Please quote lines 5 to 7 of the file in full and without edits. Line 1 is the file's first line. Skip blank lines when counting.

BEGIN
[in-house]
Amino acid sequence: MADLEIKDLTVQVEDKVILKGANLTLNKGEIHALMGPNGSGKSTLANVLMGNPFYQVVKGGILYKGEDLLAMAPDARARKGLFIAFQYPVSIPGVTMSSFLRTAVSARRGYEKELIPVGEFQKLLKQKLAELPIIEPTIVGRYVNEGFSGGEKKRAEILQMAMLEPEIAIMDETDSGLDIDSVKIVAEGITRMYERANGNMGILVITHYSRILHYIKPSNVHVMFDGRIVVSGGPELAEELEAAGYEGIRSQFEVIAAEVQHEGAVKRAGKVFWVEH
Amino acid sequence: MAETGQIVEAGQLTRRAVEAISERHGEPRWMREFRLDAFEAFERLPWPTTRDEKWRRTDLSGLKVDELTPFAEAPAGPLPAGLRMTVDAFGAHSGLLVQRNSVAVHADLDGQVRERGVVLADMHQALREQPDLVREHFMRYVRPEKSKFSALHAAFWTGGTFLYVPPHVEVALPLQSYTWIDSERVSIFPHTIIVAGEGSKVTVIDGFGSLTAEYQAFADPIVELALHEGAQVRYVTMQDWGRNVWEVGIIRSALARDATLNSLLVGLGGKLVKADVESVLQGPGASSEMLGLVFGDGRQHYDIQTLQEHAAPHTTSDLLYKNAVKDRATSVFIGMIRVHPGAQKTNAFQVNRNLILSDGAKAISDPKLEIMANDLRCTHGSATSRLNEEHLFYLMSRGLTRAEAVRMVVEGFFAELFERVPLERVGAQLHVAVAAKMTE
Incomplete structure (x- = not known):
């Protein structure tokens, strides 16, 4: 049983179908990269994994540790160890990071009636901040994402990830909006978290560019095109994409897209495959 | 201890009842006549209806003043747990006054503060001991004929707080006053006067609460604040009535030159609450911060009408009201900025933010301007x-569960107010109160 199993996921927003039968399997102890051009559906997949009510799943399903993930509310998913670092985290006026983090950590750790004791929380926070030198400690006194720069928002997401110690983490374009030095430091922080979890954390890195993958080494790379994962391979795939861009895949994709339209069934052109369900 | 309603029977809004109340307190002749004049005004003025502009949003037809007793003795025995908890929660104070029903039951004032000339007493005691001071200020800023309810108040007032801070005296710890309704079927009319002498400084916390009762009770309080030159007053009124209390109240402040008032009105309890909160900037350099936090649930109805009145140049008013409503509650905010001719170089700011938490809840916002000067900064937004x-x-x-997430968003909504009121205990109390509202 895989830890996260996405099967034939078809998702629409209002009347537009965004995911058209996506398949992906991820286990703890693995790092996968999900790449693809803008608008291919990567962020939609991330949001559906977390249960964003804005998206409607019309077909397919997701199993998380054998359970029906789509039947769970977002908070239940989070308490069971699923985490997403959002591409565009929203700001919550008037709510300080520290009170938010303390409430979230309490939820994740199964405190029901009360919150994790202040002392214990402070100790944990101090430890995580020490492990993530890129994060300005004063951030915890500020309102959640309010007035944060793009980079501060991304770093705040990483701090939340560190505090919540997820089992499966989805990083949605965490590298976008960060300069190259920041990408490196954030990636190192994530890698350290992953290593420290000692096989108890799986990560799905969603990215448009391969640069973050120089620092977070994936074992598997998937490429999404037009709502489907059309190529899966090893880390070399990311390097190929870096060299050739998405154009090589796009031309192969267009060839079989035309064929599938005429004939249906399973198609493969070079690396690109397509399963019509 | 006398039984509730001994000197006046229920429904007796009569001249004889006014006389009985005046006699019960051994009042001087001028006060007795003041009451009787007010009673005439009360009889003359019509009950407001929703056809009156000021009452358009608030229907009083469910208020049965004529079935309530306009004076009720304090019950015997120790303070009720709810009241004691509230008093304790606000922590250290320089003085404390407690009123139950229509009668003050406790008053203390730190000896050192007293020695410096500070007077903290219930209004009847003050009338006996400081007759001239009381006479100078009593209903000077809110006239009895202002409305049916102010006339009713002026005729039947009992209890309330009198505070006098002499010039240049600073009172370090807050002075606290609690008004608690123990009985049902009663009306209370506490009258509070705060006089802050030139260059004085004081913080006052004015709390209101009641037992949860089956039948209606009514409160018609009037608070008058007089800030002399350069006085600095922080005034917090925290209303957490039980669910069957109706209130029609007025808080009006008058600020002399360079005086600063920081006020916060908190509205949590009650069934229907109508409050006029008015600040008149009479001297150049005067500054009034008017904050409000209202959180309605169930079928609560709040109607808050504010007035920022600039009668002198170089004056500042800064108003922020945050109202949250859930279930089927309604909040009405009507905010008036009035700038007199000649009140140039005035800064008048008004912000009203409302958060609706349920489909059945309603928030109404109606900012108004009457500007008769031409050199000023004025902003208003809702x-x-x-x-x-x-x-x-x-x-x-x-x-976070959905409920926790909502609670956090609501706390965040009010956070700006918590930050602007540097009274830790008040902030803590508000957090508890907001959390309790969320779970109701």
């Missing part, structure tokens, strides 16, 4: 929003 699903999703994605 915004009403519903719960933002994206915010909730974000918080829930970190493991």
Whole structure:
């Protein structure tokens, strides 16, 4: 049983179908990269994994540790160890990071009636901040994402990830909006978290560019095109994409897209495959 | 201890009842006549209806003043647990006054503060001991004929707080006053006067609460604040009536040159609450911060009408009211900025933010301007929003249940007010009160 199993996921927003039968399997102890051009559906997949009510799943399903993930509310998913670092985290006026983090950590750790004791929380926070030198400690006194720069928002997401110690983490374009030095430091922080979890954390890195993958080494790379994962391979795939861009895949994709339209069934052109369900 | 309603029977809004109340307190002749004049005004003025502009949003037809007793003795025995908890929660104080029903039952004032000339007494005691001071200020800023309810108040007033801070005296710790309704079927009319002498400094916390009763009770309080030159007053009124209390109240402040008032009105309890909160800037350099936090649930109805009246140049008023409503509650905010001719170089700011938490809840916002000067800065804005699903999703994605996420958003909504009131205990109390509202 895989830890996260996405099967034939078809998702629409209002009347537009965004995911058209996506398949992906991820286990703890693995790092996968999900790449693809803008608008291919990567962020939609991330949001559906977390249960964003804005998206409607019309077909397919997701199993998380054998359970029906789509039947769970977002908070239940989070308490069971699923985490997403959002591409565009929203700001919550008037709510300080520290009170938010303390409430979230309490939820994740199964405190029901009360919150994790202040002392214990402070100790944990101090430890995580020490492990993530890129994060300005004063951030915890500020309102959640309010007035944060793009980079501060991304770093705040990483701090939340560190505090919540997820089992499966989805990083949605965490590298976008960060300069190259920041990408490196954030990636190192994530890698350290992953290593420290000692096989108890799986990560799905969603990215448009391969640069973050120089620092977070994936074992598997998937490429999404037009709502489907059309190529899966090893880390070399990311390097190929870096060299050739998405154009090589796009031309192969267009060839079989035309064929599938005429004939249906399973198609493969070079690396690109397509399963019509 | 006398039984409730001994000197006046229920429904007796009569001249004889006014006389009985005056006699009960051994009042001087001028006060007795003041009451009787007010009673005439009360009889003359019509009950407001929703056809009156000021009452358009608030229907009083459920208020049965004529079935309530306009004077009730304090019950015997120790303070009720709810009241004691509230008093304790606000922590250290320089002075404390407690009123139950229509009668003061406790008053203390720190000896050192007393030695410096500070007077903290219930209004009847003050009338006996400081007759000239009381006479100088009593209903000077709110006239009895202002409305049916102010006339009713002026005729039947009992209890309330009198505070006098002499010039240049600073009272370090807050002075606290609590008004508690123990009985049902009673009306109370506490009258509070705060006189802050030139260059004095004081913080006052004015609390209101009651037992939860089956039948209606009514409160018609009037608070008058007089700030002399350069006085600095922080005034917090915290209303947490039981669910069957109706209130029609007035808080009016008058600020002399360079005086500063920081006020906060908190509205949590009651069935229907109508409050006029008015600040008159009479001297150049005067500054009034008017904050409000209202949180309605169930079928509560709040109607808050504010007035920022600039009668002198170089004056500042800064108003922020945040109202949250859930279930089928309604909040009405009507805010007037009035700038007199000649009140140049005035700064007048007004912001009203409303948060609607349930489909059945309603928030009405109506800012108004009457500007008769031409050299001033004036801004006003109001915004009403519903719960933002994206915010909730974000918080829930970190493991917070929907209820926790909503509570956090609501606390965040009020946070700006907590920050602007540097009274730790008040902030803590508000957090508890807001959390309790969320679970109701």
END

């Protein structure tokens, strides 16, 4: 049983179908990269994994540790160890990071009636901040994402990830909006978290560019095109994409897209495959 | 201890009842006549209806003043747990006054503060001991004929707080006053006067609460604040009535030159609450911060009408009201900025933010301007x-569960107010109160 199993996921927003039968399997102890051009559906997949009510799943399903993930509310998913670092985290006026983090950590750790004791929380926070030198400690006194720069928002997401110690983490374009030095430091922080979890954390890195993958080494790379994962391979795939861009895949994709339209069934052109369900 | 309603029977809004109340307190002749004049005004003025502009949003037809007793003795025995908890929660104070029903039951004032000339007493005691001071200020800023309810108040007032801070005296710890309704079927009319002498400084916390009762009770309080030159007053009124209390109240402040008032009105309890909160900037350099936090649930109805009145140049008013409503509650905010001719170089700011938490809840916002000067900064937004x-x-x-997430968003909504009121205990109390509202 895989830890996260996405099967034939078809998702629409209002009347537009965004995911058209996506398949992906991820286990703890693995790092996968999900790449693809803008608008291919990567962020939609991330949001559906977390249960964003804005998206409607019309077909397919997701199993998380054998359970029906789509039947769970977002908070239940989070308490069971699923985490997403959002591409565009929203700001919550008037709510300080520290009170938010303390409430979230309490939820994740199964405190029901009360919150994790202040002392214990402070100790944990101090430890995580020490492990993530890129994060300005004063951030915890500020309102959640309010007035944060793009980079501060991304770093705040990483701090939340560190505090919540997820089992499966989805990083949605965490590298976008960060300069190259920041990408490196954030990636190192994530890698350290992953290593420290000692096989108890799986990560799905969603990215448009391969640069973050120089620092977070994936074992598997998937490429999404037009709502489907059309190529899966090893880390070399990311390097190929870096060299050739998405154009090589796009031309192969267009060839079989035309064929599938005429004939249906399973198609493969070079690396690109397509399963019509 | 006398039984509730001994000197006046229920429904007796009569001249004889006014006389009985005046006699019960051994009042001087001028006060007795003041009451009787007010009673005439009360009889003359019509009950407001929703056809009156000021009452358009608030229907009083469910208020049965004529079935309530306009004076009720304090019950015997120790303070009720709810009241004691509230008093304790606000922590250290320089003085404390407690009123139950229509009668003050406790008053203390730190000896050192007293020695410096500070007077903290219930209004009847003050009338006996400081007759001239009381006479100078009593209903000077809110006239009895202002409305049916102010006339009713002026005729039947009992209890309330009198505070006098002499010039240049600073009172370090807050002075606290609690008004608690123990009985049902009663009306209370506490009258509070705060006089802050030139260059004085004081913080006052004015709390209101009641037992949860089956039948209606009514409160018609009037608070008058007089800030002399350069006085600095922080005034917090925290209303957490039980669910069957109706209130029609007025808080009006008058600020002399360079005086600063920081006020916060908190509205949590009650069934229907109508409050006029008015600040008149009479001297150049005067500054009034008017904050409000209202959180309605169930079928609560709040109607808050504010007035920022600039009668002198170089004056500042800064108003922020945050109202949250859930279930089927309604909040009405009507905010008036009035700038007199000649009140140039005035800064008048008004912000009203409302958060609706349920489909059945309603928030109404109606900012108004009457500007008769031409050199000023004025902003208003809702x-x-x-x-x-x-x-x-x-x-x-x-x-976070959905409920926790909502609670956090609501706390965040009010956070700006918590930050602007540097009274830790008040902030803590508000957090508890907001959390309790969320779970109701």
């Missing part, structure tokens, strides 16, 4: 929003 699903999703994605 915004009403519903719960933002994206915010909730974000918080829930970190493991």
Whole structure: